Journal of Pathology Informatics

TECHNICAL NOTE
Year
: 2020  |  Volume : 11  |  Issue : 1  |  Page : 33-

(Re) Defining the high-power field for digital pathology


David Kim1, Liron Pantanowitz2, Peter Schüffler3, Dig Vijay Kumar Yarlagadda4, Orly Ardon4, Victor E Reuter3, Meera Hameed3, David S Klimstra3, Matthew G Hanna4 
1 Department of Pathology and Laboratory Medicine, New York-Presbyterian Hospital, Weill Cornell Medical College, New York, NY, USA
2 Department of Pathology, University of Pittsburgh Medical Center, Pittsburgh, PA, USA
3 Department of Pathology; Warren Alpert Center for Digital and Computational Pathology, Memorial Sloan Kettering Cancer Center, New York, NY, USA
4 Department of Pathology, Memorial Sloan Kettering Cancer Center, New York, NY, USA

Correspondence Address:
Dr. Matthew G Hanna
Department of Pathology, Memorial Sloan Kettering Cancer Center, New York, NY
USA

Background: The microscope high-power field (HPF) is the cornerstone for histopathology diagnostic evaluation such as the quantification of mitotic figures, lymphocytes, and tumor grading. With traditional light microscopy, HPFs are typically evaluated by quantifying histologic events in 10 fields of view at × 400 magnification. In the era of digital pathology, new variables are introduced that may affect HPF evaluation. The aim of this study was to determine the parameters that influence HPF in whole slide images (WSIs). Materials and Methods: Glass slides scanned on various devices (Leica's Aperio GT450, AT2, and ScanScope XT; Philips UltraFast Scanner; Hamamatsu's Nanozoomer 2.0HT; and 3DHistech's P1000) were compared to acquired digital slides reviewed on each vendor's respective WSI viewer software (e.g., Aperio ImageScope, ImageScope DX, Philips IMS, 3DHistech CaseViewer, and Hamamatsu NDP.view) and an in-house developed vendor-agnostic viewer. WSIs were reviewed at “×40” equivalent HPF on different sized monitors with varying display resolutions (1900 × 1080–4500 × 3000) and aspect ratios (e.g., Food and Drug Administration [FDA]-cleared 27” Philips PS27QHDCR, FDA-cleared 24” Dell MR2416, 24” Hewlett Packard Z24n G2, and 28” Microsoft Surface Studio). Digital and microscopic HPF areas were calculated and compared. Results: A significant variation of HPF area occurred between differing monitor size and display resolutions with minor differences between WSI viewers. No differences were identified by scanner or WSIs scanned at different resolutions (e.g., 0.5, 0.25, 0.24, and 0.12 μm/pixel). Conclusion: Glass slide HPF at × 400 magnification with conventional light microscopy was not equivalent to “×40” digital HPF areas. Digital HPF quantification may vary due to differences in the tissue area displayed by monitor sizes, display resolutions, and WSI viewers but not by scanner or scanning resolution. These findings will need to be further clinically validated with potentially new digital metrics for evaluation.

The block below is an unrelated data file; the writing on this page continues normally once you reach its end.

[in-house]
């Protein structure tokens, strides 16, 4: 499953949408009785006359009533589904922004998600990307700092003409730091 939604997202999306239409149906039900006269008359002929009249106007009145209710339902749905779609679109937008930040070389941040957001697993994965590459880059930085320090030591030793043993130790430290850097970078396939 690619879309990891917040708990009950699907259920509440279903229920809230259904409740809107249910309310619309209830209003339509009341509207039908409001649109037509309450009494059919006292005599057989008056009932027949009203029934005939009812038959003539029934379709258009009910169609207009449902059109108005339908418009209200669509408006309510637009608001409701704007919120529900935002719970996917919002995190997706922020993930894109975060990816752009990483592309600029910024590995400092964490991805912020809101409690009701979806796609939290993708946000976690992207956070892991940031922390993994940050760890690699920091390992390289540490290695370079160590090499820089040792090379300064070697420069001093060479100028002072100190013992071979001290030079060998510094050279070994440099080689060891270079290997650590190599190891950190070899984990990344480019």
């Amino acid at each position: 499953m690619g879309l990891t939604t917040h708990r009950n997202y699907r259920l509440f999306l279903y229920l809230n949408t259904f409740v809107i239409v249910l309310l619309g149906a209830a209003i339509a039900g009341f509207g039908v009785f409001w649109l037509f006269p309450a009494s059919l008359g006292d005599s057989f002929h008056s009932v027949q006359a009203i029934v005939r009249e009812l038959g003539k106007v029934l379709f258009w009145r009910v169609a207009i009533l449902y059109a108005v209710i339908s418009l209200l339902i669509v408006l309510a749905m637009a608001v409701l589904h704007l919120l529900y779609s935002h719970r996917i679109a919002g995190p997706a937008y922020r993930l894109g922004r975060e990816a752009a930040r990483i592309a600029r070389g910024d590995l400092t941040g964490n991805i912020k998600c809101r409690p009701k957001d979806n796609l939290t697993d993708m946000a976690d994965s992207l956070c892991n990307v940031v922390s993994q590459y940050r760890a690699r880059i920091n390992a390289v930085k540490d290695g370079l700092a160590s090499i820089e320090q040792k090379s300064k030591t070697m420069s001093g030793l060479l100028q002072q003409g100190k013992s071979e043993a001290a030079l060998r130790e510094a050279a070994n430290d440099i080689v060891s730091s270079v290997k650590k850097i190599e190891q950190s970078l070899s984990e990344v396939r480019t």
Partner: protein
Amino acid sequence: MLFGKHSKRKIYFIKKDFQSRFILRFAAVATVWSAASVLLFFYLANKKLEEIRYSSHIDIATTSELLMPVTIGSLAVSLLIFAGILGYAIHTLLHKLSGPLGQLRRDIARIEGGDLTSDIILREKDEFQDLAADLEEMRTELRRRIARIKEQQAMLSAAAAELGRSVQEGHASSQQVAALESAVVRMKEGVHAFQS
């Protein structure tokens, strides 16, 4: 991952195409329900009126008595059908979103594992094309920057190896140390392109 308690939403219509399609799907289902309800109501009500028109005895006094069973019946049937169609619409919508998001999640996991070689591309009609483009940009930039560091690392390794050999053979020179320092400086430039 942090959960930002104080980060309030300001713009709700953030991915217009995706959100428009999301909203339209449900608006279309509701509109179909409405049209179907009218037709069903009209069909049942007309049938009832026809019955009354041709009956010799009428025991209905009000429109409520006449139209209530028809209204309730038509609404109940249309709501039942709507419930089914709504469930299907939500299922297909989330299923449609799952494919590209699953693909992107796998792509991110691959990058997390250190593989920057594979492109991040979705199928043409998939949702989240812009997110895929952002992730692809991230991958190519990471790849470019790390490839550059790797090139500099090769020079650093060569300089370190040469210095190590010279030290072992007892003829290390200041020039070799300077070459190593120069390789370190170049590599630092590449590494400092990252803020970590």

How to cite this article:
Kim D, Pantanowitz L, Schüffler P, Yarlagadda DV, Ardon O, Reuter VE, Hameed M, Klimstra DS, Hanna MG. (Re) Defining the high-power field for digital pathology.J Pathol Inform 2020;11:33-33


How to cite this URL:
Kim D, Pantanowitz L, Schüffler P, Yarlagadda DV, Ardon O, Reuter VE, Hameed M, Klimstra DS, Hanna MG. (Re) Defining the high-power field for digital pathology. J Pathol Inform [serial online] 2020 [cited 2020 Oct 28 ];11:33-33
Available from: https://www.jpathinformatics.org/article.asp?issn=2153-3539;year=2020;volume=11;issue=1;spage=33;epage=33;aulast=Kim;type=0